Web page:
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Explore England's Past

Farms and Farmhouses

One of the small farmhouses lining the main streets of Codford, Wiltshire. Its position, end-on to the street, gave easy access to the close of land a

Before enclosure farms lined the village streets of nucleated villages, or lay isolated in areas of scattered settlement. All had farmyards surrounded by individual farmbuildings built over time for a variety of purposes. The barn was usually the most substantial farmbuilding, and many medieval and early modern barns have outlived the other structures. Some information about the character of vanished types of medieval farmbuildings can be gained from documents, especially those produced by major religious houses about their own farms (granges). The farmhouse often survives. Many have have been continuously occupied since they were first built and so contain much older fabric than is evident externally.

In character farmhouses are like other local houses of similar status, but some are adapted to the farming of particular regions.  In the fruit-growing Newent area, most farmhouses have attached cider houses, while those in the dairying areas of Wiltshire have cheese lofts for storing whole cheeses. Farmhouses usually have dairies in the coolest part of the house, in order to supply the household with home-made butter and cheese as well as the local market with the surplus. In pig-rearing areas of Wiltshire, pork for home consumption and sale was cured in narrow smoke-chambers adjacent to the chimney. In remote locations, like the Yorkshire wolds, farmers needed to accommodate large numbers of live-in labourers, who in the East Riding were housed in long separate dormitory wings. As farms were amalgamated to form larger units, richer farmers rebuilt  or remodelled their houses to resemble polite villas or small country houses. Some farms, especially those established post-enclosure outside settlements, were often provided with farmhouse and farmbuildings to a single design, which was perhaps based on a model invented or copied by a surveyor employed by the landowner.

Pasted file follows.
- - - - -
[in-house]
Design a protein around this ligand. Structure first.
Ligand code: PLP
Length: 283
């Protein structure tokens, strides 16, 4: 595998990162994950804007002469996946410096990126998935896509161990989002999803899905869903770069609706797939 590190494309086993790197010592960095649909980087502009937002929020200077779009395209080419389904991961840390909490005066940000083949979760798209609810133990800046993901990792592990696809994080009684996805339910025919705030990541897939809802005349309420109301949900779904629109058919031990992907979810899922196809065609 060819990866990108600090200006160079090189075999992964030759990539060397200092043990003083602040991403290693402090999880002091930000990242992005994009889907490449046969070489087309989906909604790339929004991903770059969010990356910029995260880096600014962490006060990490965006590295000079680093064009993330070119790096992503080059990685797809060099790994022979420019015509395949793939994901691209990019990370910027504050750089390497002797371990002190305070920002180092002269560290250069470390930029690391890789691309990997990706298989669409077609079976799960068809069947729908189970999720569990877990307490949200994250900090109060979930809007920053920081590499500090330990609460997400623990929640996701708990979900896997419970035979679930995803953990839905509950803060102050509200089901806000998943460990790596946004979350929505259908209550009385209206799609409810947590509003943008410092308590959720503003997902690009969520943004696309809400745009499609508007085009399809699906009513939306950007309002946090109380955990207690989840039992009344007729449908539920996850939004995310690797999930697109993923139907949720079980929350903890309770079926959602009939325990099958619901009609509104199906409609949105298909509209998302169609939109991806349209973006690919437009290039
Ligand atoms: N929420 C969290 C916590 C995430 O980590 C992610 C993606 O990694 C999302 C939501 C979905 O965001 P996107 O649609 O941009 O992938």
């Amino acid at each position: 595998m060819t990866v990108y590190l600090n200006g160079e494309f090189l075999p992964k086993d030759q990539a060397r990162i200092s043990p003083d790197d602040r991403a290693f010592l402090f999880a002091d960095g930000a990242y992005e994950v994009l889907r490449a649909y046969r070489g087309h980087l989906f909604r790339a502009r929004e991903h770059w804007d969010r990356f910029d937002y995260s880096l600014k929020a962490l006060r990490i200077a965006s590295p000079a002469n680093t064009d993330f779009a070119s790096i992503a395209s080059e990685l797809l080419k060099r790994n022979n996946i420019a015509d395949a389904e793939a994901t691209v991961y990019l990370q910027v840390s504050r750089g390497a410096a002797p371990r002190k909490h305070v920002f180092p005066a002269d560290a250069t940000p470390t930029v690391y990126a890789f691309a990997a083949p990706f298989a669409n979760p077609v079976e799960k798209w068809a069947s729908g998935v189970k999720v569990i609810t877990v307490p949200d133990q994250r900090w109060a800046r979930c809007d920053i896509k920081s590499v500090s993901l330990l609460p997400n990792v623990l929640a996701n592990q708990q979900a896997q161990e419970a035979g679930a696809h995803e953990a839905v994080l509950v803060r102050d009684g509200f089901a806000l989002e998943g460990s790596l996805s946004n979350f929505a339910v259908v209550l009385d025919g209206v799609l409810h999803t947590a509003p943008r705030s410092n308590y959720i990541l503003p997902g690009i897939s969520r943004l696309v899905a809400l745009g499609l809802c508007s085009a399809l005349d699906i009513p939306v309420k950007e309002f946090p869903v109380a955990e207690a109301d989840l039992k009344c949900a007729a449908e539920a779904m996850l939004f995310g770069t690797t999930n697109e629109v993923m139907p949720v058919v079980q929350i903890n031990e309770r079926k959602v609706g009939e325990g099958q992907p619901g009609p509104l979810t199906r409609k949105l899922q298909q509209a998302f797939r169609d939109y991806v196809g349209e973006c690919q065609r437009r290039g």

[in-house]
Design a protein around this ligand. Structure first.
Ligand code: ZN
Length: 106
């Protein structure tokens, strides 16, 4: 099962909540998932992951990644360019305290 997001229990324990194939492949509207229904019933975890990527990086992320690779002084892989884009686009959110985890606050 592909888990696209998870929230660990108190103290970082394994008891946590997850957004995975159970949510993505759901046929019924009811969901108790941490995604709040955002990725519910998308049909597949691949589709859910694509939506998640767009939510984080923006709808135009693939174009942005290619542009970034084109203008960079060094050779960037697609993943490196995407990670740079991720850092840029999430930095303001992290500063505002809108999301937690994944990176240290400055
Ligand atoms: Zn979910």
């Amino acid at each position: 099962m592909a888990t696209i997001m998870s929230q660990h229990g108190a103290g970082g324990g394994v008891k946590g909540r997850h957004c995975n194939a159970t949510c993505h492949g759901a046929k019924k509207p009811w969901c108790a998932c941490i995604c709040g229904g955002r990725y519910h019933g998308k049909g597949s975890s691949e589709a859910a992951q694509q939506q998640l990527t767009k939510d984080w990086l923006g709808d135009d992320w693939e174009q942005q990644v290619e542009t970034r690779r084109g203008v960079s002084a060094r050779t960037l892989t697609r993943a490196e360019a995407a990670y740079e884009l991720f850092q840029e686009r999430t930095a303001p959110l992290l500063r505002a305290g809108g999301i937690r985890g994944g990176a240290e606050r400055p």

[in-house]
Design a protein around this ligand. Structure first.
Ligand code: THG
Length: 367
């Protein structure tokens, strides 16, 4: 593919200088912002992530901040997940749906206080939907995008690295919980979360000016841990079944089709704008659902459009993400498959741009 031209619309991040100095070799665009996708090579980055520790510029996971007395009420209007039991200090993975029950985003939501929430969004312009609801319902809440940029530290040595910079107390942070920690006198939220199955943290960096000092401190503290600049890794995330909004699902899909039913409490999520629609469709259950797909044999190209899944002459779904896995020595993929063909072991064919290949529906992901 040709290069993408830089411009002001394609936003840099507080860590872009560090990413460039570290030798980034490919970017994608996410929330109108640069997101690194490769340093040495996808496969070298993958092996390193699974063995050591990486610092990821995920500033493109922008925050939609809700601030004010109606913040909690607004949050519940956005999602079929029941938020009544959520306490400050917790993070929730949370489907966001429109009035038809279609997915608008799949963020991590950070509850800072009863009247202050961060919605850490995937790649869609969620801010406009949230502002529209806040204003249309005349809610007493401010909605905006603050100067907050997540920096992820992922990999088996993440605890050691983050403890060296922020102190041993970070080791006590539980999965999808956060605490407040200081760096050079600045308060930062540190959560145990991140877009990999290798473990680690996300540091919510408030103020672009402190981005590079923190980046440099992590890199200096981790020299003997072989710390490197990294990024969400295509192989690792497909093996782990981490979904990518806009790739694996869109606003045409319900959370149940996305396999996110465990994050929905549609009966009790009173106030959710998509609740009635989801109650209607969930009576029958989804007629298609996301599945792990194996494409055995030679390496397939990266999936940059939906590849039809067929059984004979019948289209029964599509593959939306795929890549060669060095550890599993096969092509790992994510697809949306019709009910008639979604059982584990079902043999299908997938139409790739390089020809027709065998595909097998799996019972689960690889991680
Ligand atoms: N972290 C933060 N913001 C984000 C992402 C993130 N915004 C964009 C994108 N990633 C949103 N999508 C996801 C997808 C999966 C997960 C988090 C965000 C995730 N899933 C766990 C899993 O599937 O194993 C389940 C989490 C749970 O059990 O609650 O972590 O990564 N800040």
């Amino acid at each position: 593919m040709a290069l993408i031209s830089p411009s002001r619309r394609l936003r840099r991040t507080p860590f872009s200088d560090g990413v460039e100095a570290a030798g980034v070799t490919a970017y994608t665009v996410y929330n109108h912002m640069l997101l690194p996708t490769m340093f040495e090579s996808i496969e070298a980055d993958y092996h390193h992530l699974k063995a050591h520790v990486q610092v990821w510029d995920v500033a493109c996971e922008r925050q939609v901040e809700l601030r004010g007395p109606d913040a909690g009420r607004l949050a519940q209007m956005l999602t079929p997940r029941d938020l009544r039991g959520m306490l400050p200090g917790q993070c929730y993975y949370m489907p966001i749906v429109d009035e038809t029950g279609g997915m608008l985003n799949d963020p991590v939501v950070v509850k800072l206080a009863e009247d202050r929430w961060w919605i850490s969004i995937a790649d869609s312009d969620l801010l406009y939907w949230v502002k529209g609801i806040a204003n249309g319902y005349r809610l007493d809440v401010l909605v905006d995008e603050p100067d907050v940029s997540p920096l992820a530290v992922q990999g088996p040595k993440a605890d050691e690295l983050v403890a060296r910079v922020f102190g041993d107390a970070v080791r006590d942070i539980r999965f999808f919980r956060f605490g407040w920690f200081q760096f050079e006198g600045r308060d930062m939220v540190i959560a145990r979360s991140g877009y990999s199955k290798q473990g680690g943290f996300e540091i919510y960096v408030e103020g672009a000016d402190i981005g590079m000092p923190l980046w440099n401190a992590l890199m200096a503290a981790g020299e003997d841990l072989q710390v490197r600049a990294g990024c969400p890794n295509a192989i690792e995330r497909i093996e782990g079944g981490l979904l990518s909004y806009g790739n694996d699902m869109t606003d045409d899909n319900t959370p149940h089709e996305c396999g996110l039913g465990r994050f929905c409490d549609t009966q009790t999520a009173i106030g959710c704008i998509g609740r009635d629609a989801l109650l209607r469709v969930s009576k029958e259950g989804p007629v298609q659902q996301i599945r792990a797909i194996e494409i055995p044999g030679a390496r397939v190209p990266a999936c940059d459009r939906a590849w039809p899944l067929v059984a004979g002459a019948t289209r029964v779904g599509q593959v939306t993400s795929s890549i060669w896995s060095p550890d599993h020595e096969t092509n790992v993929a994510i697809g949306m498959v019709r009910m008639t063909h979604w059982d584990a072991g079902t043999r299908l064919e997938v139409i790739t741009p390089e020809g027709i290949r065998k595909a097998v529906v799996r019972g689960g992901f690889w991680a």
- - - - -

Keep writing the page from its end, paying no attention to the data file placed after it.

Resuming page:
Theme Items

Great Champson farm was renowned in the late 18th and 19th century for animal breeding.

Higher Prescott, Exford

This site was surveyed by volunteers. It lies in a small valley, north-east of Exford church.

Highercombe lies in the far north of Dulverton parish near the boundary with Winsford. Most of the land is over 1,000 ft.

Old Shute farm lies in the west of Dulverton parish across the Barle.

Zeal farm, Hawkridge

This remote farm on the borders of Somerset and Devon has a traditional farmyard which was surveyed by volunteers.

Liscombe is in Dulverton; there are other Liscombes, see East Liscombe in East Anstey for example. It was recorded in the mid 13th century.

The most distinctive feature of farming in modern Bolsover was the creation of an estate of smallholdings intended to give unemployed men and their

The Old Manor House, on the High Street in Codford St Peter, is typical of stone-built West Wiltshire farmhouses of the late 16th and early 17th ce

Codford has a number of ancient farms.